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4 Reasons Not to Delay Divorce

In the midst of a worldwide pandemic, it can be difficult to make the decision to move forward with divorce. In most instances, delay can be unwise. It’s important to consider the practical and immediate risks of delay.

Four key issues you should consider are:

  1. Standard disclosure of your husband or wife’s financial position usually only goes back 12 months from the start of the process;
  2. An unscrupulous spouse may try to hide assets or dissipate them in the intervening period;
  3. The tax implications of separating; and
  4. Potential complications of new partners and children.

Standard financial disclosure

In court proceedings, standard financial disclosure of your and your spouse’s financial position usually only goes back 12 months. However, with mediation and other voluntary processes it may only go back three or six months.

Unscrupulous spouse

Your husband or wife may embark upon a spending spree post-separation, thereby depleting the financial resources available for distribution. In cases where there is a deliberate attempt to put assets out of reach, such as transferring money to a friend or relative, it is possible for the court not only to prevent such transactions but also to set aside ones that have already occurred. As such proceedings are also costly, it’s  best to take preventative action where possible.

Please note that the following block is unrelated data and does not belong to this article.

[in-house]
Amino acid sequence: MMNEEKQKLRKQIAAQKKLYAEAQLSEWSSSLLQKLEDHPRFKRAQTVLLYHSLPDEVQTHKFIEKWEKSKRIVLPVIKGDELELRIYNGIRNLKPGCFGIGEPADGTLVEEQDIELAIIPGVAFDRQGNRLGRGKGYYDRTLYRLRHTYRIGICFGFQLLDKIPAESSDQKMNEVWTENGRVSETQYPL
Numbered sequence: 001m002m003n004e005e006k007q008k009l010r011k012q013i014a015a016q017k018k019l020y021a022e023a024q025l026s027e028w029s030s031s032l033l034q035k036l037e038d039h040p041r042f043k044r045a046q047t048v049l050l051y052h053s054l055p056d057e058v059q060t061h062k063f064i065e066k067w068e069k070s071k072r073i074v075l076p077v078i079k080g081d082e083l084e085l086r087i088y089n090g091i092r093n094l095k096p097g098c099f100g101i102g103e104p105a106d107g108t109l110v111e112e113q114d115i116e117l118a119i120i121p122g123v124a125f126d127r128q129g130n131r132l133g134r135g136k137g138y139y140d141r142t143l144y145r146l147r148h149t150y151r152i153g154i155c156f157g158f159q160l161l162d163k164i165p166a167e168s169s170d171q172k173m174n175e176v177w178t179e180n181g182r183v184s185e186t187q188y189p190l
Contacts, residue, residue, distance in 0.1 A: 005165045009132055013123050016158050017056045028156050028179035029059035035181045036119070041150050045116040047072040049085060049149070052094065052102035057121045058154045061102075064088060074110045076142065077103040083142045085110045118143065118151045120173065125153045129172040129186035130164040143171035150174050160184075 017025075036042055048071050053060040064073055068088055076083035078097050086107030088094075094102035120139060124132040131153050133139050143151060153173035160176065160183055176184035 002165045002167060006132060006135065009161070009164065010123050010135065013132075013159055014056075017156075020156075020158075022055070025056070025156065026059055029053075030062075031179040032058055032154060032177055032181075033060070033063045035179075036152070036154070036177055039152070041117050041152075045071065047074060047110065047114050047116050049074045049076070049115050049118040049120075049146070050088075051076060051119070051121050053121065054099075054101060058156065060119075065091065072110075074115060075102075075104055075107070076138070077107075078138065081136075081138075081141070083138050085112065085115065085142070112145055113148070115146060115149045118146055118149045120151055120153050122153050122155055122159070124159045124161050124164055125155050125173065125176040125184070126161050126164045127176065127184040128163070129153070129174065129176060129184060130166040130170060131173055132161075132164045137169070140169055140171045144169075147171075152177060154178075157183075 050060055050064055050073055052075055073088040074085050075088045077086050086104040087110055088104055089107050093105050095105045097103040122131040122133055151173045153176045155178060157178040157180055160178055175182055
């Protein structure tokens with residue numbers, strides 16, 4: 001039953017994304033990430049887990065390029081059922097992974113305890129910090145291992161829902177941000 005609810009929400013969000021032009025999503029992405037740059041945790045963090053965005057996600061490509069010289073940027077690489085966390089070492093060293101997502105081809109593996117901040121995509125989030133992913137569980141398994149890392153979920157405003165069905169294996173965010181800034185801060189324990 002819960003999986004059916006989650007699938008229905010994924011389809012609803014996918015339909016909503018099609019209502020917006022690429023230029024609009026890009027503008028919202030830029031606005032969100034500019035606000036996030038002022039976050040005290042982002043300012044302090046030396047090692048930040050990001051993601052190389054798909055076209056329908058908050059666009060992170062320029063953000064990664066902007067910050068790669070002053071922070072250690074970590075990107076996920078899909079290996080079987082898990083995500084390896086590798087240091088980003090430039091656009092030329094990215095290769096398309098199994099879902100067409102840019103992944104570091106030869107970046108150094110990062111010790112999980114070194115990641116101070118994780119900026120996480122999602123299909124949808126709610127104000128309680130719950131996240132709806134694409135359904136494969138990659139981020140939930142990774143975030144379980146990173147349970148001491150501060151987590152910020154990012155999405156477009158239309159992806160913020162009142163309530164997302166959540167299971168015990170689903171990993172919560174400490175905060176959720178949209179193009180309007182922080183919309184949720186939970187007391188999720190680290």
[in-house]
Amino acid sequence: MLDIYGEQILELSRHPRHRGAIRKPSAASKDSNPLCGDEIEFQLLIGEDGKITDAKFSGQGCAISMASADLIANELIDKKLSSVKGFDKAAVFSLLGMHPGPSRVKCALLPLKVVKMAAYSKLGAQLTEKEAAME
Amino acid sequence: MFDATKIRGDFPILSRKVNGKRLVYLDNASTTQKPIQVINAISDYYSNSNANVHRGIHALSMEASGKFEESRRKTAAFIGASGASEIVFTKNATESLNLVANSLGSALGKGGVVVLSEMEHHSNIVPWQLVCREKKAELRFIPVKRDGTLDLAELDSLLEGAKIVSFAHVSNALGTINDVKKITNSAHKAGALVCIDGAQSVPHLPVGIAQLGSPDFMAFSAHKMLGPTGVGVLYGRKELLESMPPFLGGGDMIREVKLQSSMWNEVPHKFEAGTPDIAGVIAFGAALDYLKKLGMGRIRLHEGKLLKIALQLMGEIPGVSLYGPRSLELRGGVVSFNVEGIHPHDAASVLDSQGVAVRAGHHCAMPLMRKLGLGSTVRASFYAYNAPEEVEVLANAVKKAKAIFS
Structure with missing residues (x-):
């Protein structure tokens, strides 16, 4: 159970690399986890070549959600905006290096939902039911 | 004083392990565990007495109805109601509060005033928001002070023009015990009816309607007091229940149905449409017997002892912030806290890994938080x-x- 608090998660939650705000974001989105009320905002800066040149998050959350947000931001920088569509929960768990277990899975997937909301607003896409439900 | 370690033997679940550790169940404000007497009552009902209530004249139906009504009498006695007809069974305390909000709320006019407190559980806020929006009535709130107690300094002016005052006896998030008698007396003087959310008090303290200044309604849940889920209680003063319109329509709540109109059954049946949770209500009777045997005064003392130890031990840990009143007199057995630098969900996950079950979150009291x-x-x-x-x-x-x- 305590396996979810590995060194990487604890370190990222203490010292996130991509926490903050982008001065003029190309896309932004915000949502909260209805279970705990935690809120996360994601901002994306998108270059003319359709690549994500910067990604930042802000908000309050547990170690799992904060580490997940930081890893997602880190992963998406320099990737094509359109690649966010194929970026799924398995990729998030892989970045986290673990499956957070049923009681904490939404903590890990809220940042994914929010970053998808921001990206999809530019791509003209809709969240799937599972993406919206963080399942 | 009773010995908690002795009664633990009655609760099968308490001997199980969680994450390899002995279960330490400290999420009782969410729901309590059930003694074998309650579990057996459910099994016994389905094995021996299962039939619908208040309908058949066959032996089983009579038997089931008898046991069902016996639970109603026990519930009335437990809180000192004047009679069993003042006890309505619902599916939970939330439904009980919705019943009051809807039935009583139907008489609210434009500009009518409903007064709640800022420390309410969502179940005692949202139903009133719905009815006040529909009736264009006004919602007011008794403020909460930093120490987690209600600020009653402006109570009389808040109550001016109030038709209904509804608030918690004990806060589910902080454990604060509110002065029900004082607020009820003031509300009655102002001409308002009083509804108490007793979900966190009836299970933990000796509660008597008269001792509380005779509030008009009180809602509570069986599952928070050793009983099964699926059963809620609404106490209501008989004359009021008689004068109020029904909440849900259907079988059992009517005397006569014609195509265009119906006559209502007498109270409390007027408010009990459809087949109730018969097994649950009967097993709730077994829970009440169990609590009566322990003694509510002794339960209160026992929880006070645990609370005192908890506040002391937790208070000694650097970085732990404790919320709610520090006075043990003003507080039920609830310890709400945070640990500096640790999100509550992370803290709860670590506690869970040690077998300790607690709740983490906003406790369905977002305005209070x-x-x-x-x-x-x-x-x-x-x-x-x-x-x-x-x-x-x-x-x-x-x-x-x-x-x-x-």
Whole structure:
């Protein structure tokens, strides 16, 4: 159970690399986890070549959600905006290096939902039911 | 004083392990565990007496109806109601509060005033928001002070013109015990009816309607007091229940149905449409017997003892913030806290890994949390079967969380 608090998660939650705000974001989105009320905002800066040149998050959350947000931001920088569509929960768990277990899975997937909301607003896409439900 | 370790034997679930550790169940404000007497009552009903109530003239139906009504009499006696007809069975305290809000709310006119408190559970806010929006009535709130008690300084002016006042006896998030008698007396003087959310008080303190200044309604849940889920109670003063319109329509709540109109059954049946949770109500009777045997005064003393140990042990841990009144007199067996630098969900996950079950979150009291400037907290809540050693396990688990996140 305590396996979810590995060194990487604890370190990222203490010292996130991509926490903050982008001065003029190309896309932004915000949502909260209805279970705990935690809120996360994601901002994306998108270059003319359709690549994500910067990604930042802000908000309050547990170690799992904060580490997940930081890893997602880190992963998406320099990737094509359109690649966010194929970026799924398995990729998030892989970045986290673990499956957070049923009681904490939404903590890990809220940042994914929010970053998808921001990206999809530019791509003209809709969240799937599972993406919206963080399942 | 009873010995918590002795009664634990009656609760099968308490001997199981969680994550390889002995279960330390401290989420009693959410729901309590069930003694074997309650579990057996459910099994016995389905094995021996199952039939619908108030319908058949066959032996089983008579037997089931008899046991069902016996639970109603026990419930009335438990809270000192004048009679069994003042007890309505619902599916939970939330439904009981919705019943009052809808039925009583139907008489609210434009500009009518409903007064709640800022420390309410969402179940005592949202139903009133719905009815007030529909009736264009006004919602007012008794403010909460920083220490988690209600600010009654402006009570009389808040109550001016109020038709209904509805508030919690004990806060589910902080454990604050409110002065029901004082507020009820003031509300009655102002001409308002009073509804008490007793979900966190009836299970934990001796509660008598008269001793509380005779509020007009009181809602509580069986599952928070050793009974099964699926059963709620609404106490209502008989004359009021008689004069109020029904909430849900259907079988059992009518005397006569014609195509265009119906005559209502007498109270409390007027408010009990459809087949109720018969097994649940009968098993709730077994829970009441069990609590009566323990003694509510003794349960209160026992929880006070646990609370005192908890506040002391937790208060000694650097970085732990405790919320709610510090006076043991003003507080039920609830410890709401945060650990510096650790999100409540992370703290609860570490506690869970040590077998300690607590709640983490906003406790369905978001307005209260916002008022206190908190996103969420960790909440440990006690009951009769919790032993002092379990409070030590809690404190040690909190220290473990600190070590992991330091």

In the midst of marriage difficulties this may be the last thing on your mind. It is, however, vital for you to seek advice on the tax implications of separation, divorce and any proposed settlement at the earliest opportunity. More detail about the common tax issues that need to be considered are outlined in this article.

New partners and children

As time passes, you or your spouse may find new partners and have new families. A new child will, of course, have financial implications as there will be a further dependant for the court to consider. While having a new partner in itself does not make a difference to the financial outcome, it does run the risk of making it harder to reach an amicable settlement.

What to do

It is important to get advice at an early stage so that you can make an informed decision about what to do and when.


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